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Richard Dawkins asks an interesting Saturday insomnia question

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One is tempted to reply, “If I were my identical twin, what would anything change?” But readers may have profounder thoughts.

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12 Replies to “Richard Dawkins asks an interesting Saturday insomnia question

  1. 1
    Robert Byers says:

    NO. Our soul is not made of atoms. The atom thing here is making man just of the material world.

  2. 2
    Mapou says:

    It is a stupid question that materialists, especially Singulatarians, have been asking for a while. They have this silly dream of achieving immortality by uploading the contents of their brains into computers. And they accuse us of being religious. Go figure.

    It would be a good question if our bodies were really all that we are. But those of us with a modicum of common sense and logic know better.

  3. 3
    ppolish says:

    More than half of you isn’t you. The microbes that live in your gut and all over and inside and the surface of you etc.

    Copy those along with all of your atoms and you would have a dead you and a bunch of microbes thinking “party’s over”.

    Edit…on second thought, the microbe copies would be dead too. So it goes.

  4. 4
    gpuccio says:

    Obviously no.

    Let’s say I am here, in point A, and every atom of my body is duplicated in point B using my body as an information source. The subject that I am has not changed, nor its connection with my body in point A.

    The new body in point B has no more connection with my sentient identity than the table in next room, or a paper printing of the information needed to build the new body.

    Either the new body in B has no consciousness and identity, or it is conscious, but it is someone else. Maybe with many similarities to me.

    I like this question, because it allows a clear discrimination between the subject and what the subject represents. In this case, if we admit that B is conscious, I and he are obviously two different subjects. I think it is very unlikely that I would start suddenly to perceive two different bodies at the same time, and probably not even Dawkins would endorse that view.

    So, even if we represent the same things, or similar things, at least at the beginning, when our “experiences” have not yet “diverged” significantly, it is rather clear that we would have two different subjects, two different identities, with similar representations.

    IOWs, the very simple truth: we essentially are the I which represents, and not the things that it represents.

  5. 5
    Orlando Braga says:

    When I saw Dawkins reducing himself to a set of atoms, I almost believed he was right … !

  6. 6
    ppolish says:

    Duplicating every atom of the simplest organism would result in a bunch of atoms. Certainly not alive. Shoot some electricity into the atoms ala Dr Frankenstein? Toasted atoms.

    But dear Richard wants us to imagine not only a live Richard the II but also a conscious one? Oh my. Bad enough imagining a cloned Richard the II. An army of cloned baby Richards. Cute or scary, you decide.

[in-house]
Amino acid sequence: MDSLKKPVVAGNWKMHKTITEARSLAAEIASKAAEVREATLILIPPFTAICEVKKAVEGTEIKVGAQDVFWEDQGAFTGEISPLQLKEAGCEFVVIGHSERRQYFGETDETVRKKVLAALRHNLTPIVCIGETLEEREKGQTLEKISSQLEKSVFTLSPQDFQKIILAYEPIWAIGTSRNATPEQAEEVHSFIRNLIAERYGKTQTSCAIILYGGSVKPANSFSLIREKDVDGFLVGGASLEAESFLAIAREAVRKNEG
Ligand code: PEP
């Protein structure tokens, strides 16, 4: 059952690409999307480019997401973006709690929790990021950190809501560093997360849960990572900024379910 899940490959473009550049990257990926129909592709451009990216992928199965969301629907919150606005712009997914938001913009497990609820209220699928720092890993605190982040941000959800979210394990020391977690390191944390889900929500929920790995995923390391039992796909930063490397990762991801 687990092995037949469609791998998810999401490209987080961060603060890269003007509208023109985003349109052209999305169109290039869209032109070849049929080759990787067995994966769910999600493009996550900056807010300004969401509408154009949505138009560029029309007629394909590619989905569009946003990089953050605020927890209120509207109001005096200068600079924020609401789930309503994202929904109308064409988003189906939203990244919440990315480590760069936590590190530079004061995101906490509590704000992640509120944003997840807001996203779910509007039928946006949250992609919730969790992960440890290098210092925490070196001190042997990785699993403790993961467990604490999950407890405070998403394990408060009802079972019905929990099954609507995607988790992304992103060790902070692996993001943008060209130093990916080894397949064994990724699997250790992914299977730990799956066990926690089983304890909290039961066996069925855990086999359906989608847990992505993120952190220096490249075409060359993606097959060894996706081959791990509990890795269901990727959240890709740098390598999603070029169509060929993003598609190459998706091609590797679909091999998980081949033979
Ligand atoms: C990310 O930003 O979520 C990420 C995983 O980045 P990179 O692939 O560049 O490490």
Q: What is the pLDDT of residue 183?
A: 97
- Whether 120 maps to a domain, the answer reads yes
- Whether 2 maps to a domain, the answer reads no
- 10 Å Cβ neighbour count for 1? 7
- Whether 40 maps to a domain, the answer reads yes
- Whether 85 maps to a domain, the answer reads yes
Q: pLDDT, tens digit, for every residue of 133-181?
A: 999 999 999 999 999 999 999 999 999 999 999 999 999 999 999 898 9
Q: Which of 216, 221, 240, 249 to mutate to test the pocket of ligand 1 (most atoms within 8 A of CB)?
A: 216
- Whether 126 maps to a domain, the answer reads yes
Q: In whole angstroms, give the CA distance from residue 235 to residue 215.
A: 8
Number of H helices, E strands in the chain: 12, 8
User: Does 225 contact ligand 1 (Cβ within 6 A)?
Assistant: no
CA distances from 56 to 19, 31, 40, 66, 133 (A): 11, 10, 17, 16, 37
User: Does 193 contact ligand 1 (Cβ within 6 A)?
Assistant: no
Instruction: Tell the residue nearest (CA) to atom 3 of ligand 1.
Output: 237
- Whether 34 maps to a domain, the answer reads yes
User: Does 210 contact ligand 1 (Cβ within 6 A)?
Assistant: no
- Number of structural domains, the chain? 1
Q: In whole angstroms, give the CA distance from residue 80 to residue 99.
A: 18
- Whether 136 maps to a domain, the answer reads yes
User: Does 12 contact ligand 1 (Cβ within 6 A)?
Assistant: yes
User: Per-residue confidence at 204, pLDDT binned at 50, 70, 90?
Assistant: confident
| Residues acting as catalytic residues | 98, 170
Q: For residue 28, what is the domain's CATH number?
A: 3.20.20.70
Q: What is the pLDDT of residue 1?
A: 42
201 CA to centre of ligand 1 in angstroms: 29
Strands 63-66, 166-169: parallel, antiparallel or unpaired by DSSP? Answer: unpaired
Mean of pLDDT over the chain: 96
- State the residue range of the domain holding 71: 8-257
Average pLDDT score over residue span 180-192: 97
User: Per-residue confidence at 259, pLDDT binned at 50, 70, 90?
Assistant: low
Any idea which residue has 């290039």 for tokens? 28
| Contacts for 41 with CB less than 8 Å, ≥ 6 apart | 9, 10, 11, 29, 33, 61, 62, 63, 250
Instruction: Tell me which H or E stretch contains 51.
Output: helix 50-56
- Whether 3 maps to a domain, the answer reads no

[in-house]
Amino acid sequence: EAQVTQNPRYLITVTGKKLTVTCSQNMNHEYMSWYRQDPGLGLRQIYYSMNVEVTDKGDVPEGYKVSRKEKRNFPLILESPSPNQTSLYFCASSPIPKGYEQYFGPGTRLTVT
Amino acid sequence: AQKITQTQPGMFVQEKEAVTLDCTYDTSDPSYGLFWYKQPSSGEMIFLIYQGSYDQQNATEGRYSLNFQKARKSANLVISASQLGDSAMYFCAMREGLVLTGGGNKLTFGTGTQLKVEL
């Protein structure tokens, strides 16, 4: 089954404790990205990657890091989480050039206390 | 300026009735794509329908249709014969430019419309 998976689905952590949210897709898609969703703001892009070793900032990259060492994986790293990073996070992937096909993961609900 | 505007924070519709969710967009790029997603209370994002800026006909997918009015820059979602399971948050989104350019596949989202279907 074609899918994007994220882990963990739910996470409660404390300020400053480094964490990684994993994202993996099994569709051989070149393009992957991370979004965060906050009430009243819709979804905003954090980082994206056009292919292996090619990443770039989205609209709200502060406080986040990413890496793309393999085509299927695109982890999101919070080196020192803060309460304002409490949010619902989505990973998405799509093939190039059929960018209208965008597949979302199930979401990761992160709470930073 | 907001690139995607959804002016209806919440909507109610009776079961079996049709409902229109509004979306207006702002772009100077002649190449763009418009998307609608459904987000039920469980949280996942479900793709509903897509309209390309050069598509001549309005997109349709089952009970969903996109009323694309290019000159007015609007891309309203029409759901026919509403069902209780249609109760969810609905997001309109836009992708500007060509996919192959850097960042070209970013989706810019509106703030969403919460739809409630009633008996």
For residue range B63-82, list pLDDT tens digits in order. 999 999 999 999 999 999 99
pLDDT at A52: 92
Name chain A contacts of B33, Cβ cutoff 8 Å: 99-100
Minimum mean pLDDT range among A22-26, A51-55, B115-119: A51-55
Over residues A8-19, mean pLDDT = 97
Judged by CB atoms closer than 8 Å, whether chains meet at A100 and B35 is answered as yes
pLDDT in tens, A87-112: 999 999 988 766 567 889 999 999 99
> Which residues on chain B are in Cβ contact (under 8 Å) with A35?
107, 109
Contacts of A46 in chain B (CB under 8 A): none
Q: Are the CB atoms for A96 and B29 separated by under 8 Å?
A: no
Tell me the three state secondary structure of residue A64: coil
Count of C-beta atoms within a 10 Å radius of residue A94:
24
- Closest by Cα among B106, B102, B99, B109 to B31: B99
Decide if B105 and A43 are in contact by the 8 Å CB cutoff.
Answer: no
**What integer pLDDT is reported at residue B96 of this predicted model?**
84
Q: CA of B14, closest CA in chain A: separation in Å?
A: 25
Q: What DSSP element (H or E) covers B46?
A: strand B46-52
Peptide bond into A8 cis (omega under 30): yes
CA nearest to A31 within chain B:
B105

7. 7
    Me_Think says:

    If we apply the Bekenstein Bound, we can see that the possible quantum state a human body can be in is about
    10^[(3x10^43)x80x1] - when will UD support LaTeX ? =10^(2.4×10^45). If you can find the quantum state in which the person exist (remember it may be temporal) and duplicate that within milliseconds (to avoid any temporal quantum state change), only then can you possibly know if ‘soul’ and body are different. If not, there is no way to show if consciousness/soul( the ‘I’) is emergent property or a separate entity.

  8. 8
    Tim says:

    Me_Think@7

    Me_Think’s: “It’s material!” On display, he belies
    His myopic views, and thus he denies
    Supernatural souls. Swell.
    But “For Whom Tolls the Bell
    One can “possibly know” the moment he dies.

  9. 9
    Me_Think says:

    Tim @ 8

    It’s material!” On display, he belies
    His myopic views, and thus he denies

    Whether you like it or not, everything in this world is either matter, energy or field.

    One can “possibly know” the moment he dies.

    The moment we die, we are bacterias’ lunch.

  10. 10
    Tim says:

    Truth, love and beauty grace each like a crown,
    So now I see why you think my smile’s a frown.
    We ponder wine in the cup,
    You shout, “it’s just bottom’s up,”
    Spilling your beer because you’re upside down.

  11. 11
    Silver Asiatic says:

    Me_Think

    The moment we die, we are bacterias’ lunch.

    That is what we have to accept within materialist, evolutionary ideology as the sum total of everything.

    Non-living matter became bacteria – life.
    It then lived for a while and returned to non-living matter.

    Bacteria became human beings. Humans live then are eaten by bacteria.

    That’s the evolutionary story. That’s the story of humanity – the mystery of life (which is no mystery at all). There’s not much more to discuss beyond that.

  12. 12
    Lilly says:

    Me Think: “Whether you like it or not, everything in this world is either matter, energy or field.”

    Whether you like it or not this is an assumption based on faith. Is an assumption matter, energy or field? Or your faith in the assumption? Matter, energy or field? It’s also an assertion that you know, without remainder, what matter, energy, and fields actually and ultimately are. I know it is difficult to see that when you are immersed in a mechanistic metaphysics.

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